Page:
EPA puts architecture info in contracts

The Environmental Protection Agency has started requiring contractors to adhere to the agency's enterprise architecture.

The agency has included a clause in all contracts stating that vendors understand and conform to the agency's information technology plans, Chief Information Officer Kimberly Nelson said today.

"We are really this year for the first time using the architecture to drive investments," Nelson said at an event sponsored by AFCEA International's Bethesda chapter. "Now it's real."

Nelson said that now the agency has a target enterprise architecture in place and wants industry to help develop and implement it. The agency's contracting office confirmed plans to implement the clause a few weeks ago, she said, although she was unsure of the exact date it was added.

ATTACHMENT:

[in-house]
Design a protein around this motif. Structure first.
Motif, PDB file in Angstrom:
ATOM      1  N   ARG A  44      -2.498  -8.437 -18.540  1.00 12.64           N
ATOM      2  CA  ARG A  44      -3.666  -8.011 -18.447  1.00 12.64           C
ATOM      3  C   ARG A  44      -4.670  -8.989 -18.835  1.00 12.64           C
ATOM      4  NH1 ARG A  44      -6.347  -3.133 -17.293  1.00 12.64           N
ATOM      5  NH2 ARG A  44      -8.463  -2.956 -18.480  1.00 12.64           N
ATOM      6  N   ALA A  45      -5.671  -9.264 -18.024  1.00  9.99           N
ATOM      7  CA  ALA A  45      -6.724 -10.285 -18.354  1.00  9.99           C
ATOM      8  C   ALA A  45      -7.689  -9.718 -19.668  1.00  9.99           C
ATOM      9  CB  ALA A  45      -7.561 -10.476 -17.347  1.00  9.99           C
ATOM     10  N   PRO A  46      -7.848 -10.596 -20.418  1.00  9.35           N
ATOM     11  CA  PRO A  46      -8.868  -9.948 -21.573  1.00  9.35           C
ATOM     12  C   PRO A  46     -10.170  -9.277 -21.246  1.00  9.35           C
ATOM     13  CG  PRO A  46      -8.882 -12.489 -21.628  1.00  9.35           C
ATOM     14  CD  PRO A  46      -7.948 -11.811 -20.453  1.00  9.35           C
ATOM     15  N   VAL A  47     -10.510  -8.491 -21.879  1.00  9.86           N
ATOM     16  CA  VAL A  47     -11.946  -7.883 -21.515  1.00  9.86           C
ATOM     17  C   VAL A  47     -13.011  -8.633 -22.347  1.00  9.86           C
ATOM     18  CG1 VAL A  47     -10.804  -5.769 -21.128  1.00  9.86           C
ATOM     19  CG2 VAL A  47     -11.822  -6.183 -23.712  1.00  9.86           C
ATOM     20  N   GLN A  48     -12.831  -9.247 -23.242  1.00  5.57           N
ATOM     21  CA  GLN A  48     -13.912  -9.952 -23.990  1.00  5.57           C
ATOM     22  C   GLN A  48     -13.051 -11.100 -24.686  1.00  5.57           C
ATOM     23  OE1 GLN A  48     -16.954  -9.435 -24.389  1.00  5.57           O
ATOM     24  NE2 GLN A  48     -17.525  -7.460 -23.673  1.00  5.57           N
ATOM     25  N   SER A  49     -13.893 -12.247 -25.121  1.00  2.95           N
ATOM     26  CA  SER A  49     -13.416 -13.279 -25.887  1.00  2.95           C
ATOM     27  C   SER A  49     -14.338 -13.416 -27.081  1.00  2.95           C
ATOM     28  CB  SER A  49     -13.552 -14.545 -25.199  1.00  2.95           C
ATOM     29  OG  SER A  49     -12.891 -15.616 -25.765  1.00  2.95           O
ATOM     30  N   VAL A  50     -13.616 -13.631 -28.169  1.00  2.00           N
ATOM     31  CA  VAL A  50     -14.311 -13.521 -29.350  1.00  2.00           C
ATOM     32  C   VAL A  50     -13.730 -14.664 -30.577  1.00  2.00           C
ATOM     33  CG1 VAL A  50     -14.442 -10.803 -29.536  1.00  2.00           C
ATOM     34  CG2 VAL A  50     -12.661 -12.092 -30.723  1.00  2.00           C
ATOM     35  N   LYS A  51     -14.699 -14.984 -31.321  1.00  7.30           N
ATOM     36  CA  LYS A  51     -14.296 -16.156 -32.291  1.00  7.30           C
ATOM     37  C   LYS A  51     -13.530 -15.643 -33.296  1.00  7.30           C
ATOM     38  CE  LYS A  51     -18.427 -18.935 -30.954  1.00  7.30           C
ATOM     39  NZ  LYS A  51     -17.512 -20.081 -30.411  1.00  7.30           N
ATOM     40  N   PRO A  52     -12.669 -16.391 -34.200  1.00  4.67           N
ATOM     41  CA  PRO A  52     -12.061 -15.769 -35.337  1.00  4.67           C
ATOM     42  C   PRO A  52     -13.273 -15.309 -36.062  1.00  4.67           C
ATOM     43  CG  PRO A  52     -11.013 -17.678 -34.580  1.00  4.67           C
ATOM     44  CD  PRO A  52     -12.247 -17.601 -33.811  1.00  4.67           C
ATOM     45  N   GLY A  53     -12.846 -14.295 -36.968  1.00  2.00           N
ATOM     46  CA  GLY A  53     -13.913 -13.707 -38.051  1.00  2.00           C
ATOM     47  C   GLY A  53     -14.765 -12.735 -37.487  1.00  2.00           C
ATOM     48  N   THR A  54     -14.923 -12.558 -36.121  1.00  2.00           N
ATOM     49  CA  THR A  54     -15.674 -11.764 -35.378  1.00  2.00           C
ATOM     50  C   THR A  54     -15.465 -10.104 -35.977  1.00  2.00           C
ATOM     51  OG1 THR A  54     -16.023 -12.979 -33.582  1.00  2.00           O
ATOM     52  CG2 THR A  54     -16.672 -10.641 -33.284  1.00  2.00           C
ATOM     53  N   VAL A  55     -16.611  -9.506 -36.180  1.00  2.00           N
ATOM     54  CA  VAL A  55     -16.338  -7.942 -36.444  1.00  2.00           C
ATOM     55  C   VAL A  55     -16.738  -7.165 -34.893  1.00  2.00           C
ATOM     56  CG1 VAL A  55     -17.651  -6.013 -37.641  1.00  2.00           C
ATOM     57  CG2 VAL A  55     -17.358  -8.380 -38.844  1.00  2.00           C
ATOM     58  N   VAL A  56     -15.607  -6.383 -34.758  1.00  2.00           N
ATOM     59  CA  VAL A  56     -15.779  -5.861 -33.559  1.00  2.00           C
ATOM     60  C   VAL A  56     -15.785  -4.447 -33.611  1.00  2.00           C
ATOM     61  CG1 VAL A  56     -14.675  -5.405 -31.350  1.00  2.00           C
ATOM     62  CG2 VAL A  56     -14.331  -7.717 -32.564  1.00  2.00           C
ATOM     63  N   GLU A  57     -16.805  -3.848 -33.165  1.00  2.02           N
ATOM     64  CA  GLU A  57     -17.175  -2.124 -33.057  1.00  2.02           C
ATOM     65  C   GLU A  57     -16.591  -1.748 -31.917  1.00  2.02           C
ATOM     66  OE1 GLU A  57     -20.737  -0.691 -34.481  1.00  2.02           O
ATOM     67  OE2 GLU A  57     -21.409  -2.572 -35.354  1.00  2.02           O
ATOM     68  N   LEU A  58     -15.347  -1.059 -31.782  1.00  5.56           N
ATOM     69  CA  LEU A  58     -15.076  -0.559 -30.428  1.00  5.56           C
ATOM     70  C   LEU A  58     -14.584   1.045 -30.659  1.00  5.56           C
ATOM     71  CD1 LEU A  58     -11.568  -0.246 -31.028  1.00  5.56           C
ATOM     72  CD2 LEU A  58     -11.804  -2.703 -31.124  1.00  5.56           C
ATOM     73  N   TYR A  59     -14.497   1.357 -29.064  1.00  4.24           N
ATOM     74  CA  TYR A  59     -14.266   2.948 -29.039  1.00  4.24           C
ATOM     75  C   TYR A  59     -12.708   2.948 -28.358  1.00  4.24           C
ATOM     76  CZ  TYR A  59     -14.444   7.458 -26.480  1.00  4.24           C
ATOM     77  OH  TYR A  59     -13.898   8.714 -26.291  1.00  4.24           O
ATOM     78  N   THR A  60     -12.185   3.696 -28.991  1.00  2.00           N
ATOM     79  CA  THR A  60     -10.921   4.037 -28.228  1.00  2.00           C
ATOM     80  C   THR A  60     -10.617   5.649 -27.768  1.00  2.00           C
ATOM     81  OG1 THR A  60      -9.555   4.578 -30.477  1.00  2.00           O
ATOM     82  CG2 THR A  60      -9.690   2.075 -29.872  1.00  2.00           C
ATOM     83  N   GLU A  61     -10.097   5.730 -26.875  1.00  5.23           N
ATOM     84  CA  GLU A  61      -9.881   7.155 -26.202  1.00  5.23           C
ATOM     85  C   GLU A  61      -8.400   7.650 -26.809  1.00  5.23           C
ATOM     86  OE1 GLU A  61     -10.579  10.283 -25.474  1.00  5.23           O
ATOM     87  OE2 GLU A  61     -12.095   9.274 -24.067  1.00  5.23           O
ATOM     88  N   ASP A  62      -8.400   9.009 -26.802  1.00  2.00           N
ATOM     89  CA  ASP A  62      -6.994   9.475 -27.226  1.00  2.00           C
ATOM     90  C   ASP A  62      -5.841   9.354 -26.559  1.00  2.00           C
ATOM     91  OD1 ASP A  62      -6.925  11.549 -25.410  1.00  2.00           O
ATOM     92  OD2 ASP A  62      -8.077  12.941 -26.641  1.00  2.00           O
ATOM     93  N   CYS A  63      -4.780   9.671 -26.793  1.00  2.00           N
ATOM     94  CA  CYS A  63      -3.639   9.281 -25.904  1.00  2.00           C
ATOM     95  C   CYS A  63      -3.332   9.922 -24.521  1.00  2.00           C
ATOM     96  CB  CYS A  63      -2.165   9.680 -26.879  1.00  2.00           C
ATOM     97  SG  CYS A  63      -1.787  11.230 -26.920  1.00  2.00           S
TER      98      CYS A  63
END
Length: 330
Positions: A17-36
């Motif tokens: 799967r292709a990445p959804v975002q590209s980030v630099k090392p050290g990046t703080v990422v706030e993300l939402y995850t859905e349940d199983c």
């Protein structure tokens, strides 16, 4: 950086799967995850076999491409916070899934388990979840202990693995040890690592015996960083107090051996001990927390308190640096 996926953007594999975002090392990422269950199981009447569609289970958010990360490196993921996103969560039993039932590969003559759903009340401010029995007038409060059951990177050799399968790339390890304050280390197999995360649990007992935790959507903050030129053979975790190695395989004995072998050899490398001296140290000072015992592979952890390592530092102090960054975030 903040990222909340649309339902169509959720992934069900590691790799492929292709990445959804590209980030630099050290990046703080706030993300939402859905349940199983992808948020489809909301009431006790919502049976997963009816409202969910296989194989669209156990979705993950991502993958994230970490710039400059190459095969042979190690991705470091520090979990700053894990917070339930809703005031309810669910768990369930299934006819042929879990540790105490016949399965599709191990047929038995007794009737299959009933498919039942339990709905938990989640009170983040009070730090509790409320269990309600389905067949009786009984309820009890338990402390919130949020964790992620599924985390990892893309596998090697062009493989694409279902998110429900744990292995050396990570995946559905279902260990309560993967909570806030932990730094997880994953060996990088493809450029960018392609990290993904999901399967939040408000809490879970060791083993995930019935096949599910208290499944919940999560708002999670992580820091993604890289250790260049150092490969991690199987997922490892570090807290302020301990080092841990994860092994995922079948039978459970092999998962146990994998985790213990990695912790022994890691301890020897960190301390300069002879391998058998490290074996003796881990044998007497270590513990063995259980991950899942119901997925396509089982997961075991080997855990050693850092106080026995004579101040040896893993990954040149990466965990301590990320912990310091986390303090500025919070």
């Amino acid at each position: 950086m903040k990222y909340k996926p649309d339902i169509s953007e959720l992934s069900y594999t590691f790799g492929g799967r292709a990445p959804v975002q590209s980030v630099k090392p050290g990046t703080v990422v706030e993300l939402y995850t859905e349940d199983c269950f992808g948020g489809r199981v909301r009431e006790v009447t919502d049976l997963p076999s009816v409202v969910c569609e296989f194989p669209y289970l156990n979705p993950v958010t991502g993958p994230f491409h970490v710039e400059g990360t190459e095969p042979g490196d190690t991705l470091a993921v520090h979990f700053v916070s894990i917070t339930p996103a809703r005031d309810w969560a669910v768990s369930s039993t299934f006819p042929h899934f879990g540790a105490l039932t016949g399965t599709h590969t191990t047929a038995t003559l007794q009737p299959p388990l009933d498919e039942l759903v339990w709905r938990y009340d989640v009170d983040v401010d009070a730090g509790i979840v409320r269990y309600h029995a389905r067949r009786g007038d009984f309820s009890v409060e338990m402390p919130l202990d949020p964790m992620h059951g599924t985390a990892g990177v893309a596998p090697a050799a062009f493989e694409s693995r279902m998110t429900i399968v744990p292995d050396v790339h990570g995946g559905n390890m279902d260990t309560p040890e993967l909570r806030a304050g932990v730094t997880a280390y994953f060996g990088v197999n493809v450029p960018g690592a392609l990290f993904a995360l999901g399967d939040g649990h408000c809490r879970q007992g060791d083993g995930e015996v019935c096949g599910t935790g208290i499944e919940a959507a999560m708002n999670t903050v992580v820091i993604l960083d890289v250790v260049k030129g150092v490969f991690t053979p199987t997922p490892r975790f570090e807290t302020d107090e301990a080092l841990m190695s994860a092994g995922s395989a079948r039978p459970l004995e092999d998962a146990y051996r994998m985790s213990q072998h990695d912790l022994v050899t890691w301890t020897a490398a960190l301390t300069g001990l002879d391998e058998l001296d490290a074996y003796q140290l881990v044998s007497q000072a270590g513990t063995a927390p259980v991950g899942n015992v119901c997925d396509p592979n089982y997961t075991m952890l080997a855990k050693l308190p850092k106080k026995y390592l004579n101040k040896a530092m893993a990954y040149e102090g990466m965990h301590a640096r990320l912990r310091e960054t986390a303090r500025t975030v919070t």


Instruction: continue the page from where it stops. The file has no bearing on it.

The EPA will work with vendors to educate them on the enterprise architecture. "They have to understand what's there," she said. "A lot of what we're doing from a centralized standpoint is work they don't have to replicate."

EPA officials are currently compiling the enterprise architecture most recently submitted to the Office of Management and Budget and putting it on a CD for contractors. She said they will leave out confidential parts of the architecture, such as security, but that the overall plan must be public for vendors.

"Clearly it's a smart thing to do," Nelson said of adding the clause. "It's difficult to do unless you have the architecture in place."

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